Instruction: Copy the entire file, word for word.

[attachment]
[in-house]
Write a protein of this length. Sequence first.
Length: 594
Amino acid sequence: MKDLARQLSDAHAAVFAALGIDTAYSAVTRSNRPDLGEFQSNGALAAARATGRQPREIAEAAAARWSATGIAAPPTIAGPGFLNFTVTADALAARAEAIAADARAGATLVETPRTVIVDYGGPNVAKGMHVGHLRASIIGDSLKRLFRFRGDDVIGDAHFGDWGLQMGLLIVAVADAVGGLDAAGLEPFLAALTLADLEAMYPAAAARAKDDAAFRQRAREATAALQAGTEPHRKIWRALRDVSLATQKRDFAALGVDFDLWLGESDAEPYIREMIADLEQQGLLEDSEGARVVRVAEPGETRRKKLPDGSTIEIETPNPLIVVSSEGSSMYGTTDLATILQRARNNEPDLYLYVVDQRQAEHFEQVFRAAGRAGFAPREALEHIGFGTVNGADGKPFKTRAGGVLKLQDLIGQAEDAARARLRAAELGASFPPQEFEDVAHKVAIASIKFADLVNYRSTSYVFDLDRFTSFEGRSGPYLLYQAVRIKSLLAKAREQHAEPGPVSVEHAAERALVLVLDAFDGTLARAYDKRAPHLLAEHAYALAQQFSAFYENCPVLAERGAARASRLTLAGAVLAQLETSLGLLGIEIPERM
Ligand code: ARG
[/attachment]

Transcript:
[in-house]
Write a protein of this length. Sequence first.
Length: 594
Amino acid sequence: MKDLARQLSDAHAAVFAALGIDTAYSAVTRSNRPDLGEFQSNGALAAARATGRQPREIAEAAAARWSATGIAAPPTIAGPGFLNFTVTADALAARAEAIAADARAGATLVETPRTVIVDYGGPNVAKGMHVGHLRASIIGDSLKRLFRFRGDDVIGDAHFGDWGLQMGLLIVAVADAVGGLDAAGLEPFLAALTLADLEAMYPAAAARAKDDAAFRQRAREATAALQAGTEPHRKIWRALRDVSLATQKRDFAALGVDFDLWLGESDAEPYIREMIADLEQQGLLEDSEGARVVRVAEPGETRRKKLPDGSTIEIETPNPLIVVSSEGSSMYGTTDLATILQRARNNEPDLYLYVVDQRQAEHFEQVFRAAGRAGFAPREALEHIGFGTVNGADGKPFKTRAGGVLKLQDLIGQAEDAARARLRAAELGASFPPQEFEDVAHKVAIASIKFADLVNYRSTSYVFDLDRFTSFEGRSGPYLLYQAVRIKSLLAKAREQHAEPGPVSVEHAAERALVLVLDAFDGTLARAYDKRAPHLLAEHAYALAQQFSAFYENCPVLAERGAARASRLTLAGAVLAQLETSLGLLGIEIPERM
Ligand code: ARG